[OUTLOOK]Tapping the black-gold mine

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[OUTLOOK]Tapping the black-gold mine

There is one place the world is paying extra attention to these days, although Korea remains uninterested. Baku, the capital of Azerbaijan, is emerging as the new oil road. Naturally, a point of strategic importance can hardly enjoy peace. The history of Baku has been a series of incidents. Alfred Nobel, famous for being the founder of the Nobel Prize, amassed a fortune here, and Baku made its name as a mecca for oil exporters before Saudi Arabia rose as an oil power. Then the Azeri (the chief ethnic group of the country) capital declined and experienced a long slump until it made a comeback on the international stage as Azerbaijan gained independence after the collapse of the Soviet Union. In addition to developing the oil bonanza in the Caspian Sea once again, the 20-billion-dollar Baku-Tbilisi-Ceyhan pipeline project is generating an enormous amount of money. The BTC pipeline is a new route for oil produced in Central Asia into Western Europe through Turkey. Thanks to the pipeline, Azerbaijan can pocket billions of dollars every year, even in poor years. It is a jackpot this country of only 8 million had never even dreamed of.
Azerbaijan means “the land of fire.” The status of the country finally suits its name. While the per-capita national income still remains around $1,000 dollars, its rate of growth is already the highest in the world. Last year, the economy grew by an amazing 18 percent. Azerbaijan’s position in the international community has jumped as well.
Though the “presidency” was handed down from father to son, as was the case in North Korea, Washington has never brought up Azerbaijan in the talk of “axis of evil.” As the Caspian Sea energy supply route, which had been dominated and shut down by the Soviet Union, was completely reinvented, Azerbaijan became very important not only economically but also militarily and diplomatically. Since the Clinton Administration, Washing-ton has been giving Azerbaijan VIP treatment.
Despite the political uncertainty, Azerbaijan is bound to make a display of its influence as the new oil dynasty at the center of Eurasia, along with Kazakhstan. Is Korea aware of this significant change of dynamics? Korea does not have an embassy, a counsulate or a Korea trade center in Azerbaijan. The Korean Ambassador to Uzbekistan concurrently represents the country to Azerbaijan. The Internet homepage of the Ministry of Foreign Affairs and Trade contains inaccurate information and indicates that the former president, who has already passed away, is still ruling the country. We can assume how uninformed the government of South Korea is of Azerbaijan. Seoul has little interest in the country and makes little effort to learn more.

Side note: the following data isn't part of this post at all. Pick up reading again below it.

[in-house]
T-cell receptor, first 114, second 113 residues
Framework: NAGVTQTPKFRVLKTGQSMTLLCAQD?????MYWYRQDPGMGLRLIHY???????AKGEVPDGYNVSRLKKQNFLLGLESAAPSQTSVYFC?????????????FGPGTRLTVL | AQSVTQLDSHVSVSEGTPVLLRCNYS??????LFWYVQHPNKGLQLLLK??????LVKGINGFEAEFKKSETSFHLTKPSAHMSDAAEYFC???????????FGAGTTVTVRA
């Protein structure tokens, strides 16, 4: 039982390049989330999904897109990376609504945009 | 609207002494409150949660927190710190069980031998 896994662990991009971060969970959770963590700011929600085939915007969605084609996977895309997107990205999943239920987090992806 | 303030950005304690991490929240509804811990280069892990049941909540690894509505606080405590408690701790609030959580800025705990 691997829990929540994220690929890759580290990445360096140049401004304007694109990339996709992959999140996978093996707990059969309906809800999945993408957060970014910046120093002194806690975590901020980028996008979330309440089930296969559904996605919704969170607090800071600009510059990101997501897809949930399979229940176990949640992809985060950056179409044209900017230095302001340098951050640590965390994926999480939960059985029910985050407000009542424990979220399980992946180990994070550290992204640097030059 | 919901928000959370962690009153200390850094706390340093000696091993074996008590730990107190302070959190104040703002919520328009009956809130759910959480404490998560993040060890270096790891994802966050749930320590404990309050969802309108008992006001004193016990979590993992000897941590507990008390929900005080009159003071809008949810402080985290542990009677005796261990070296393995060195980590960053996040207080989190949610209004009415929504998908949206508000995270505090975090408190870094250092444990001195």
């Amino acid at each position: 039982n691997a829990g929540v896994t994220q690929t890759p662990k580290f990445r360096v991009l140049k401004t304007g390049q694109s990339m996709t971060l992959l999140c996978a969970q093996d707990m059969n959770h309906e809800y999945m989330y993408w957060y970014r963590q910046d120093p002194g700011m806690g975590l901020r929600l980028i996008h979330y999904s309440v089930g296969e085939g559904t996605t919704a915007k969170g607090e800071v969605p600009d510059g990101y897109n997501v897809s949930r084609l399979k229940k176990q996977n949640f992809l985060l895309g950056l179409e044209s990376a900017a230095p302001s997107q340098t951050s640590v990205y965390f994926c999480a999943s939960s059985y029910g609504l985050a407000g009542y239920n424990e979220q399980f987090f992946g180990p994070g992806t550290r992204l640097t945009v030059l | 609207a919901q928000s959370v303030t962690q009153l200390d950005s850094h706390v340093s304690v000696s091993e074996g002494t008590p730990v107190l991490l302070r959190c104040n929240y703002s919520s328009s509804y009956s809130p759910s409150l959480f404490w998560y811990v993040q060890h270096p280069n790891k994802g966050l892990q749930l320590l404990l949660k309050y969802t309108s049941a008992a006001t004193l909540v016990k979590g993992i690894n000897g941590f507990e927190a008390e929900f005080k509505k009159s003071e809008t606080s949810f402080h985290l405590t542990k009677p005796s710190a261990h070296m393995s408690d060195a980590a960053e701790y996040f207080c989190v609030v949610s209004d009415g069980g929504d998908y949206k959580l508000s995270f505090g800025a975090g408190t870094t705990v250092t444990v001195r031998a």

Companies are not much different. While advertisements for Samsung or LG cell phones can be found on billboards in the streets of Baku, no Korean company has opened a branch or an office in Azerbaijan. Daewoo Group had been quite successful selling automobiles here before its fall, but its business came to nothing. Reporters have to rely on a local businessman serving as an honorary consul general to mediate interviews. It is absurd that Korean companies are so indifferent to Azerbaijan, which will surely become the next goldmine.
Baku is gaining vitality day by day, transforming from its wretched look of the past. Old buildings are torn down and renovated and new structures are being constructed all over the town, yet surprisingly, no Korean construction company, despite their expertise in building, has entered such a booming market.
What would the Azeri government do with the enormous profit it is making from oil production and pipeline? In addition to the major construction projects for new roads, buildings and houses, numerous business opportunities await in Azerbaijan, but Korean companies are nowhere to be found. Are they fully occupied? A Korean businessman I met in Dubai told me, “Why would you want to go to a place like Azerbaijan and create trouble? Younger members of the staff would probably want to quit the company if they were assigned there.”
Bureaucrats can be unadventurous because their job security is solid. But if even companies are so reluctant to venture out, the future of the Korean economy is truly unpromising.

* The writer is the CEO of the JoongAng Ilbo News Maganize. Translation by the JoongAng Daily staff.

by Lee Chang-kyu
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